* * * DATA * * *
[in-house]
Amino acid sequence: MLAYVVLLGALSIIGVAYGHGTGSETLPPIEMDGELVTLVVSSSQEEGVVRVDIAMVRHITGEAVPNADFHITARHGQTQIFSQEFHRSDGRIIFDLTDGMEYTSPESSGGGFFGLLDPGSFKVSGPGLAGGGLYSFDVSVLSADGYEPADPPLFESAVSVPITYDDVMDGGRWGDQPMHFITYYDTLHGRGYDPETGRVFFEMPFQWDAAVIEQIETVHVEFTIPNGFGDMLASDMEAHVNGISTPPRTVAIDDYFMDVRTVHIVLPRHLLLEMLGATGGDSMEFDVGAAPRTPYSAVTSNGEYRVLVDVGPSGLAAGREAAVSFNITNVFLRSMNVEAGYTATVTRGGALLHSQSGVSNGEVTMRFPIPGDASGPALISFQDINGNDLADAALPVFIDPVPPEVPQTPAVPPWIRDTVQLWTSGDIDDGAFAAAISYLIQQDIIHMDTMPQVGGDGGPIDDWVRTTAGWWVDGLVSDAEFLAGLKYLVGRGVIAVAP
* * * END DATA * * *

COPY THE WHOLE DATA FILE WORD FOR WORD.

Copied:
[in-house]
Amino acid sequence: MLAYVVLLGALSIIGVAYGHGTGSETLPPIEMDGELVTLVVSSSQEEGVVRVDIAMVRHITGEAVPNADFHITARHGQTQIFSQEFHRSDGRIIFDLTDGMEYTSPESSGGGFFGLLDPGSFKVSGPGLAGGGLYSFDVSVLSADGYEPADPPLFESAVSVPITYDDVMDGGRWGDQPMHFITYYDTLHGRGYDPETGRVFFEMPFQWDAAVIEQIETVHVEFTIPNGFGDMLASDMEAHVNGISTPPRTVAIDDYFMDVRTVHIVLPRHLLLEMLGATGGDSMEFDVGAAPRTPYSAVTSNGEYRVLVDVGPSGLAAGREAAVSFNITNVFLRSMNVEAGYTATVTRGGALLHSQSGVSNGEVTMRFPIPGDASGPALISFQDINGNDLADAALPVFIDPVPPEVPQTPAVPPWIRDTVQLWTSGDIDDGAFAAAISYLIQQDIIHMDTMPQVGGDGGPIDDWVRTTAGWWVDGLVSDAEFLAGLKYLVGRGVIAVAP